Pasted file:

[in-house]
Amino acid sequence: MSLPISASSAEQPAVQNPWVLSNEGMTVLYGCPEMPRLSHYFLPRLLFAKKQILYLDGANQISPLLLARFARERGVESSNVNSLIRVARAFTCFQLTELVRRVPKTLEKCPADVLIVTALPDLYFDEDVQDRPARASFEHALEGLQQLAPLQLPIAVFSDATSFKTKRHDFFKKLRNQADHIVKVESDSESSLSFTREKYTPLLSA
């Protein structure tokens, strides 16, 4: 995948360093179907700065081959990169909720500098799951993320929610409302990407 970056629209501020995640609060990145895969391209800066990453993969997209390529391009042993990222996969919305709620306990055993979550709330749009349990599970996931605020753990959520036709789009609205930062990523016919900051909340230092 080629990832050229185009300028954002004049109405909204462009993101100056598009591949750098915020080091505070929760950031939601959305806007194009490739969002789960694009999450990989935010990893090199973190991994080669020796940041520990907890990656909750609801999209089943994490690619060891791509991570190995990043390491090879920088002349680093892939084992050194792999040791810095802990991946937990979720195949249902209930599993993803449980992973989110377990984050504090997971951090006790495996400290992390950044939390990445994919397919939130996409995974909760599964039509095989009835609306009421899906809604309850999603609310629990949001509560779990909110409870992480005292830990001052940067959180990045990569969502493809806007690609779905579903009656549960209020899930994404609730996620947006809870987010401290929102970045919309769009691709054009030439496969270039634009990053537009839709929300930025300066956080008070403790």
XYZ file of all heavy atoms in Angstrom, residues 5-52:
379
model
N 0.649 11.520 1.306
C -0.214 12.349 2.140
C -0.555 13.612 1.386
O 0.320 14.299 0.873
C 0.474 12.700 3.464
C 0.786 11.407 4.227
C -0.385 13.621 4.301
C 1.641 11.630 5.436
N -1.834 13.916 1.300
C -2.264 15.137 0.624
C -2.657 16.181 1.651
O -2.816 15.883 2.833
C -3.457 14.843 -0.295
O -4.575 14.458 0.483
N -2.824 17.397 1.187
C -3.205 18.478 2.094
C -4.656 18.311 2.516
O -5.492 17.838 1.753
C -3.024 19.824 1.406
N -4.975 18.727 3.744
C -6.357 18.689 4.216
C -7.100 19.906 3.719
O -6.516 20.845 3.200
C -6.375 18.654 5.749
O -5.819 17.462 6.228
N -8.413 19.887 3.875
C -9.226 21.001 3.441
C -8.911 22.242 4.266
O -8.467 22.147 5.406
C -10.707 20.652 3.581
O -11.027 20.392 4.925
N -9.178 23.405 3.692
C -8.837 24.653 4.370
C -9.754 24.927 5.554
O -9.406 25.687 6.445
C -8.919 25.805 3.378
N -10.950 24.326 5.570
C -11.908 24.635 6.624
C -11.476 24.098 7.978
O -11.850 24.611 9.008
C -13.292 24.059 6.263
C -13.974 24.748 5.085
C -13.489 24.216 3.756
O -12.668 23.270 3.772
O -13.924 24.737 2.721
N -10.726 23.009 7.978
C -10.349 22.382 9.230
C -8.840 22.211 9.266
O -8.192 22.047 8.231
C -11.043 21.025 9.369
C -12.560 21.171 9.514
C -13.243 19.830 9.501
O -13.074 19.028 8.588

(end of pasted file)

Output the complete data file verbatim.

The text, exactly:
[in-house]
Amino acid sequence: MSLPISASSAEQPAVQNPWVLSNEGMTVLYGCPEMPRLSHYFLPRLLFAKKQILYLDGANQISPLLLARFARERGVESSNVNSLIRVARAFTCFQLTELVRRVPKTLEKCPADVLIVTALPDLYFDEDVQDRPARASFEHALEGLQQLAPLQLPIAVFSDATSFKTKRHDFFKKLRNQADHIVKVESDSESSLSFTREKYTPLLSA
């Protein structure tokens, strides 16, 4: 995948360093179907700065081959990169909720500098799951993320929610409302990407 970056629209501020995640609060990145895969391209800066990453993969997209390529391009042993990222996969919305709620306990055993979550709330749009349990599970996931605020753990959520036709789009609205930062990523016919900051909340230092 080629990832050229185009300028954002004049109405909204462009993101100056598009591949750098915020080091505070929760950031939601959305806007194009490739969002789960694009999450990989935010990893090199973190991994080669020796940041520990907890990656909750609801999209089943994490690619060891791509991570190995990043390491090879920088002349680093892939084992050194792999040791810095802990991946937990979720195949249902209930599993993803449980992973989110377990984050504090997971951090006790495996400290992390950044939390990445994919397919939130996409995974909760599964039509095989009835609306009421899906809604309850999603609310629990949001509560779990909110409870992480005292830990001052940067959180990045990569969502493809806007690609779905579903009656549960209020899930994404609730996620947006809870987010401290929102970045919309769009691709054009030439496969270039634009990053537009839709929300930025300066956080008070403790």
XYZ file of all heavy atoms in Angstrom, residues 5-52:
379
model
N 0.649 11.520 1.306
C -0.214 12.349 2.140
C -0.555 13.612 1.386
O 0.320 14.299 0.873
C 0.474 12.700 3.464
C 0.786 11.407 4.227
C -0.385 13.621 4.301
C 1.641 11.630 5.436
N -1.834 13.916 1.300
C -2.264 15.137 0.624
C -2.657 16.181 1.651
O -2.816 15.883 2.833
C -3.457 14.843 -0.295
O -4.575 14.458 0.483
N -2.824 17.397 1.187
C -3.205 18.478 2.094
C -4.656 18.311 2.516
O -5.492 17.838 1.753
C -3.024 19.824 1.406
N -4.975 18.727 3.744
C -6.357 18.689 4.216
C -7.100 19.906 3.719
O -6.516 20.845 3.200
C -6.375 18.654 5.749
O -5.819 17.462 6.228
N -8.413 19.887 3.875
C -9.226 21.001 3.441
C -8.911 22.242 4.266
O -8.467 22.147 5.406
C -10.707 20.652 3.581
O -11.027 20.392 4.925
N -9.178 23.405 3.692
C -8.837 24.653 4.370
C -9.754 24.927 5.554
O -9.406 25.687 6.445
C -8.919 25.805 3.378
N -10.950 24.326 5.570
C -11.908 24.635 6.624
C -11.476 24.098 7.978
O -11.850 24.611 9.008
C -13.292 24.059 6.263
C -13.974 24.748 5.085
C -13.489 24.216 3.756
O -12.668 23.270 3.772
O -13.924 24.737 2.721
N -10.726 23.009 7.978
C -10.349 22.382 9.230
C -8.840 22.211 9.266
O -8.192 22.047 8.231
C -11.043 21.025 9.369
C -12.560 21.171 9.514
C -13.243 19.830 9.501
O -13.074 19.028 8.588